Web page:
Your Garage is For Your Car!

Our Seattle body shop sees it all the time these days: driveways and residential roadsides filled with cars. Our lives can so easily become overwhelmed with excess clutter that it can be easy to forget that a car is supposed to be parked in the garage. After all, it’s easier to park your car outside than to pile up stacks upon stacks of cardboard boxes on your front lawn.

However, you can do yourself a great favor by finding a way to squeeze that car of yours back into its rightful place. Your car may very well be one of your most valuable pieces of property, as well as one of the most prone to breakdown. Such an asset needs to be treated properly. Only by housing it in your garage every night can it be best shielded from nocturnal break-ins, harsh weather effects, and the odd bit of flying debris. Save yourself some trouble in the long run, and reclaim your garage for your car.

Should I Fill My Tires with Nitrogen?

Filling your tires with nitrogen gas is one of the big luxuries you can get for your car, and some people want to know our Seattle auto body shop’s opinion as to whether this represents a worthwhile expense. Though this is a common practice for race cars and airliners, the fact is that this probably is not a practical idea for the common motorist.

The main idea of nitrogen-filled tires is that they resist wear and tear better, as nitrogen is less susceptible to leak out of your tires. It also experiences less of a change in volume when exposed to severe temperatures, allowing for more stable pressure. Ideally, this adds up to better performance for a longer period of time from your tires.

However, the first thing to remember is that the air we commonly put into our tires is already 78% nitrogen. An ideal mixture of nitrogen is going to be about 93% pure, so the extra money you spend is getting you roughly 15% more nitrogen. Based on the additional cost, and the miniscule improvement in performance you may experience, it’s not something that the average driver is going to find worthwhile.

Your Tricky Little Oxygen Sensor

Most motorists aren’t even aware that their cars have oxygen sensors, much less that these little devices can cause big problems for their engines. In truth, these elusive little spark-plug-like sensors can very well be the culprit for a majority of the “check engine light” issues that are brought into our Seattle auto body shop. Therefore, it is important to be aware of your own oxygen sensors and the implications they have on the performance of your vehicle.

When your “check engine light” goes on, this could mean that your oxygen sensor is not functioning properly. You may feel inclined to ignore this problem, as you will probably not notice any real issues in the functioning of your engine. However, a faulty oxygen sensor is actually causing your car to start sucking down gasoline like nobody’s business. This can result in up to a forty percent decline in fuel efficiency. So, if you think that your oxygen sensor is malfunctioning, bring it down to Greenwood as soon as you can.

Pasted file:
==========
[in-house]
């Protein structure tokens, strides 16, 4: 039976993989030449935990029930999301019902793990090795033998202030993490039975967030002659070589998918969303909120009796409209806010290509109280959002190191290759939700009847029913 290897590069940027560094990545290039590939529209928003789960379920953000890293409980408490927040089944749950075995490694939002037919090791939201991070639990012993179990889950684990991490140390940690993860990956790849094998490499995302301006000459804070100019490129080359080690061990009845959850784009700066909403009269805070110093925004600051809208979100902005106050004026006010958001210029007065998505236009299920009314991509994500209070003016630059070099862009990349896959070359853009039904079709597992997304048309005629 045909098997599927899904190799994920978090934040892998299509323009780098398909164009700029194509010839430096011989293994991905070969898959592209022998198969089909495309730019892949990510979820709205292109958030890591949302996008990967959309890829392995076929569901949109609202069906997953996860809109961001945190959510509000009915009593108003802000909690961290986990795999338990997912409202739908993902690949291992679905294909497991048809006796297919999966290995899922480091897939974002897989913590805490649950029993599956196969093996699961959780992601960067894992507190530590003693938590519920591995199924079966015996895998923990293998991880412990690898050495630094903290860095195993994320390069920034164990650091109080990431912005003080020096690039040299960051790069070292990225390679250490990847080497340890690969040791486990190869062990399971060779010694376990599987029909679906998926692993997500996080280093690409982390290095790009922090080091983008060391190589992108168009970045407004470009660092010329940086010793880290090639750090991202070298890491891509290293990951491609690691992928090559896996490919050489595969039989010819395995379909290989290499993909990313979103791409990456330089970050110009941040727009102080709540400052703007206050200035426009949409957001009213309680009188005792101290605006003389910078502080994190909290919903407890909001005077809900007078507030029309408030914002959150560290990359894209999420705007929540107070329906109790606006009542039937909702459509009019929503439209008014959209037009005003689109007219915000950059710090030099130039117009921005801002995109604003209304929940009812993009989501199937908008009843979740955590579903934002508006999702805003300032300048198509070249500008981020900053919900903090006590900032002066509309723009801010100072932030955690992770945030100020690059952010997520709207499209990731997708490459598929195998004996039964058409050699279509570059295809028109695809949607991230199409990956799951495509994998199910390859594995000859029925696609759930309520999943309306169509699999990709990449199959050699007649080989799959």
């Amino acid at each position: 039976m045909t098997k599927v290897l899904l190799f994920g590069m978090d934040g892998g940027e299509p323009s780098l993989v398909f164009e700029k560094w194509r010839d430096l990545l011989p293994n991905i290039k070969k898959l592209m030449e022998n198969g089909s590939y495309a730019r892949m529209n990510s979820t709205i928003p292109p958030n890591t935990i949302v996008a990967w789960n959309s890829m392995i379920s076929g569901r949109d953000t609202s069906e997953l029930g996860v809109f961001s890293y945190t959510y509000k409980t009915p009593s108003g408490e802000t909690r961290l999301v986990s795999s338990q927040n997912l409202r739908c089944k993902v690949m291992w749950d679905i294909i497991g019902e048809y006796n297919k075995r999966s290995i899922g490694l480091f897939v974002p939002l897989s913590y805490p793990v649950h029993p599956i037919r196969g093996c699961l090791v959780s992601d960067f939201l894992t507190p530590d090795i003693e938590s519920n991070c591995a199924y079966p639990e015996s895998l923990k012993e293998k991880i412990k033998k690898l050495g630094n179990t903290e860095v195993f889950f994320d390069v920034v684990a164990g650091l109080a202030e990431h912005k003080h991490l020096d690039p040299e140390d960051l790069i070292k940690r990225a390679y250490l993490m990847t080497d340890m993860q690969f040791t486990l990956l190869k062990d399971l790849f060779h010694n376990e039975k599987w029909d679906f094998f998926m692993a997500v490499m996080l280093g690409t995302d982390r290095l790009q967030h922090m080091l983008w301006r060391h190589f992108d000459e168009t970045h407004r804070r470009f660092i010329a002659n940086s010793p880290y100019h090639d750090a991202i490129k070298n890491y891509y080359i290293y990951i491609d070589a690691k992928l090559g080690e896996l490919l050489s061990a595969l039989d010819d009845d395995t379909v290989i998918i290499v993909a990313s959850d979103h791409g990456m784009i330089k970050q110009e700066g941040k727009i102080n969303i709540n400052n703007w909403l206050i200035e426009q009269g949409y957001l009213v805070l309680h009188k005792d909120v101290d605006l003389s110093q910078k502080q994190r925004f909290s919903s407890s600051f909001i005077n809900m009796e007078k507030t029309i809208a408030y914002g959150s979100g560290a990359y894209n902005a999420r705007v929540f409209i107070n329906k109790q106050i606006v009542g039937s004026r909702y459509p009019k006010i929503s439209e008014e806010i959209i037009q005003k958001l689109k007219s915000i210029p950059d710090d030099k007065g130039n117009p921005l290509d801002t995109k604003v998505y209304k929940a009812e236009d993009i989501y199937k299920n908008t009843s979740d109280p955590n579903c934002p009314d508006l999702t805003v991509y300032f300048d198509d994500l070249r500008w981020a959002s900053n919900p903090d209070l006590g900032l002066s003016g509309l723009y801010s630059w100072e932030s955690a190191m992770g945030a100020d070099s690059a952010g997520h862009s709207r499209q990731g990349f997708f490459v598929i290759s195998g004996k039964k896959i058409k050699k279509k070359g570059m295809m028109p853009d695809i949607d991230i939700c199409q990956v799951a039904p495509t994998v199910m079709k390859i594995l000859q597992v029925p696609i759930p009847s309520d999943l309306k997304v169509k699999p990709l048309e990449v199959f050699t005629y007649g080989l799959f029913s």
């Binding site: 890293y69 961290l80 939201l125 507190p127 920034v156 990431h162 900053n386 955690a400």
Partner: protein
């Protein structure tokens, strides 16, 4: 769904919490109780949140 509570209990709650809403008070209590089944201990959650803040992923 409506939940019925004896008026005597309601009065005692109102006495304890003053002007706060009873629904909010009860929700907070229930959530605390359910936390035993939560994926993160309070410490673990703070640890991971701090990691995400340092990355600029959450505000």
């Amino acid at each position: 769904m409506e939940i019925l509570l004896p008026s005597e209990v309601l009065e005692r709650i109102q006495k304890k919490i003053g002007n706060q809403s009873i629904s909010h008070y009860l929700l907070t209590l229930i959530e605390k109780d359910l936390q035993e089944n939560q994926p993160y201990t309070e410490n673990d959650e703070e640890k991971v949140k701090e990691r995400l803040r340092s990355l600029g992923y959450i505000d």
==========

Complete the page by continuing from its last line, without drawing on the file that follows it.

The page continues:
Checking Your Car’s Fuses

Some people are surprised to learn that their cars have fuse boxes. It’s here that some of the simplest solutions to problems with your lights, radio, or possibly even ignition system may be found. As much as we appreciate your visits to our Seattle auto body shop, Greenwood Collision recommends that you familiarize yourself with your vehicle’s fuses; though it may seem like a daunting prospect, it’s an easy part of troubleshooting your car’s problems that can save you a lot of time and money.

Many of today’s cars have two fuse boxes: one underneath the dashboard and one under the hood. They should be marked clearly and feature a diagram that will tell you which fuse corresponds to which system. If your headlights are not working, for example, seek out the fuse marked “headlights” and pull it out. Some cars will supply you with a tool for removing the fuses, but it should be easily done with your hands as well. You’ll see a melted “bridge” going between the fuse’s blades if it has been blown, at which point you should replace the fuse. Your new fuse must be of the same amperage as the old one; you’ll be able to find a fuse’s amperage based on its color coding. Simply push the new fuse into place as if you were pushing a plug into an electrical outlet.

By familiarizing yourself with your car’s fuse boxes and keeping some extra fuses on hand, you may be able to save yourself a few unnecessary trips to your auto shop. Failing that, however, you can at least help your auto mechanic narrow down the cause of your problems. So get to know your fuses! It’ll pay off in the long run.

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